Mysterious madstones fixed snake, spider bites

Published 2:42 pm Friday, June 11, 2010

Superstition has played a major role in folklore throughout the centuries, particularly in the expulsion of poisons, home remedies and old wives tales.

Perhaps the top superstition for Dark Corner residents was the curative power of madstones, which had their beginnings in the Middle Ages. In those early days, they were called bezoars and their magical powers were thought to cure epilepsy, to prevent plagues, to break fevers, but especially to remove poisons of many kinds.

The word, bezoar, comes from the Persian word, padzahr, which means expelling poison. For centuries, common folk have collected the stones for these reputed curative powers.

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At some unknown time, bezoars began to be called madstones by settlers in the New World, particularly in the southern Appalachian region and west to Texas.

Precisely what, are madstones?

They are growths found in the bodies of deer, particularly in the rumen, which form in much the same way as pearls in oysters. They originate as foreign bodies, such as a clump of dirt, hair ball or small piece of metal or coin, and remain in the stomach area instead of passing through the intestines.

As they continue to remain in the rumen, mineral salts and food particles coat the objects until they form small brownish stones much like smooth, rounded river stones.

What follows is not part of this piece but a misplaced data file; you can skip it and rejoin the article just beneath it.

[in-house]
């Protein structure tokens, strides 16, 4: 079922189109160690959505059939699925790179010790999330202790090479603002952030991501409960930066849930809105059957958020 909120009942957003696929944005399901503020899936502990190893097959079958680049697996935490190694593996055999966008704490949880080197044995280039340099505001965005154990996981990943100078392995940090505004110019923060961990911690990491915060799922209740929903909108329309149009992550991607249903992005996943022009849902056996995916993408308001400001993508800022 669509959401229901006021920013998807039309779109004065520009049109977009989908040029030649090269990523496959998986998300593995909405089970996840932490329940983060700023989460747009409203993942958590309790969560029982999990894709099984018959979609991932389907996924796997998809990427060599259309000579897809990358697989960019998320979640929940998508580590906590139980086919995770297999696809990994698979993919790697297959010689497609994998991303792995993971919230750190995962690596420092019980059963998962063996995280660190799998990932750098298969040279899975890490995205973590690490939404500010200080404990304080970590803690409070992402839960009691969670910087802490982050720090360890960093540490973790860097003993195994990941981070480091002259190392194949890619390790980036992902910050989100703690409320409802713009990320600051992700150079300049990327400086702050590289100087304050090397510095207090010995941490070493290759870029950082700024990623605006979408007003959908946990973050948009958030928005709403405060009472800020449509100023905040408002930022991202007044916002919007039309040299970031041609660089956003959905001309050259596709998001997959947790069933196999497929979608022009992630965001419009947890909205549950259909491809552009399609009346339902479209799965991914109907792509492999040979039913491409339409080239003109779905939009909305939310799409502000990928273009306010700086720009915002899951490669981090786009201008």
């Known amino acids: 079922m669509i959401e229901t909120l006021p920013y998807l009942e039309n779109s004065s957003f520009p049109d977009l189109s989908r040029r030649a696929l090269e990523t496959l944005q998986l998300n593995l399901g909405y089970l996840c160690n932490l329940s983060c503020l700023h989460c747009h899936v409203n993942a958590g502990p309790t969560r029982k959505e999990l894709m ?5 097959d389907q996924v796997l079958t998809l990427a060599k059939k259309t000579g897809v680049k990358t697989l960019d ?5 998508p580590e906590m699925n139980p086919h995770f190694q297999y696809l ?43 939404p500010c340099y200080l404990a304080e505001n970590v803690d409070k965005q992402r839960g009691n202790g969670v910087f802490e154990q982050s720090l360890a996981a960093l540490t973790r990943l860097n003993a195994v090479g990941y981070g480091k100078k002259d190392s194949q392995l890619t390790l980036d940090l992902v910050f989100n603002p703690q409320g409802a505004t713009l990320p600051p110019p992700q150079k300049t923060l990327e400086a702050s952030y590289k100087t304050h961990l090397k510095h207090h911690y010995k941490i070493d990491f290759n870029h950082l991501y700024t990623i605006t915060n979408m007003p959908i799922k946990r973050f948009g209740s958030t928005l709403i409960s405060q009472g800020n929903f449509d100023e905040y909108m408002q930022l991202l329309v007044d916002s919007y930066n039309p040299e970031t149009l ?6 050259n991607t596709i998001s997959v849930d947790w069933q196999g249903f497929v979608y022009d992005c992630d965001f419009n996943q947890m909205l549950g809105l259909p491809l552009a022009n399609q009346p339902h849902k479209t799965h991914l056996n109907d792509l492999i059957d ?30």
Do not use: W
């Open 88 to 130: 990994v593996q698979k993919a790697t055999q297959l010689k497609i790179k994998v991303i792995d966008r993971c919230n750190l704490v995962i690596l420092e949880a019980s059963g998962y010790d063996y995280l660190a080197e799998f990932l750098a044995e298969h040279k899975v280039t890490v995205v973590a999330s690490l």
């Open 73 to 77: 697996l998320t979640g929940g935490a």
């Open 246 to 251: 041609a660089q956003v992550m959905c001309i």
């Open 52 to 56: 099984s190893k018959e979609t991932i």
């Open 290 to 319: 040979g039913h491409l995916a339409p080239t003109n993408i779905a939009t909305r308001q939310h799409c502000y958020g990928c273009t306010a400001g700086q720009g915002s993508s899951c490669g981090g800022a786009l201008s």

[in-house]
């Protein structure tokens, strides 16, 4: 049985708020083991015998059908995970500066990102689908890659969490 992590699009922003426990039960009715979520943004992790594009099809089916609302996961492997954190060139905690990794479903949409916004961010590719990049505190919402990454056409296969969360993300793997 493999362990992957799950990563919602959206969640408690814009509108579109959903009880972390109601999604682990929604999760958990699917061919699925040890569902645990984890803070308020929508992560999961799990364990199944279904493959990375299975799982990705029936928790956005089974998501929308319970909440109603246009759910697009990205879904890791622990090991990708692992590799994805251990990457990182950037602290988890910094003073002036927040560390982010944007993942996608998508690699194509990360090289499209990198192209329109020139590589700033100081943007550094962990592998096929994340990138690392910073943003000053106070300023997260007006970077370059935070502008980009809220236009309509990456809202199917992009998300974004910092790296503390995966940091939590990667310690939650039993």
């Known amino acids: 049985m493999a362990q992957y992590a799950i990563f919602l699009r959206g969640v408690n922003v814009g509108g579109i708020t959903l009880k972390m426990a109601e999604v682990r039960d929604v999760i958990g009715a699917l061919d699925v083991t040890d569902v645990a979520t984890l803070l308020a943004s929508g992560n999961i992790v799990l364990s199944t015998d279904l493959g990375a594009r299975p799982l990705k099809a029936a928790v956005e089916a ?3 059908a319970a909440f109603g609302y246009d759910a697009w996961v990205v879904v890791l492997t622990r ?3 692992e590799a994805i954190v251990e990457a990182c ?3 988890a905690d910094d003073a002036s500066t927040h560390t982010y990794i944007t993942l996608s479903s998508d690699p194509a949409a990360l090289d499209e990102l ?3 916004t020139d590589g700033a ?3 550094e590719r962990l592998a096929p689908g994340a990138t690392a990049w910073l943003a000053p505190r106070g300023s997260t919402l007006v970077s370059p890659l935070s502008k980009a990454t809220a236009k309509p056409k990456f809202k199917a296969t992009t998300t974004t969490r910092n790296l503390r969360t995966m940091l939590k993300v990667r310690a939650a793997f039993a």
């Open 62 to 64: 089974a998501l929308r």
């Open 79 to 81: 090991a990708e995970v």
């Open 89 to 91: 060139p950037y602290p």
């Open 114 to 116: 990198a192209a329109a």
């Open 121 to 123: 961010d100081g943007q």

Once removed from the rumen, outside air causes the stones to harden, but they can be softened for use by placing them in a warm liquid.

When a person is bitten by a poisonous snake or spider, the madstone is placed in a saucer of warm milk to soften, while the bite area is pricked to form a pool of blood.

Excess milk is shaken from the madstone and it is placed on the bite area. If poison is present in the blood pool, the madstone will stick (be difficult to lift from the bite area, as opposed to sticking like Super Glue).

Once it can be easily lifted off the bite area, the madstone is placed back in the now cool milk and small greenish streaks of poison will emanate from the stones pores.

Madstones were valued possessions and were passed down in families from one generation to another.


The Dark CornerGreer Connection of the Howard Family will be the special emphasis at the continuing exhibit at Greer Heritage Museum on Saturday, June 12. Dark Corner families are invited to come and share memories and pictures of their heritage in both areas. Admission is free; donations are appreciated. For information, call 864-877-3377.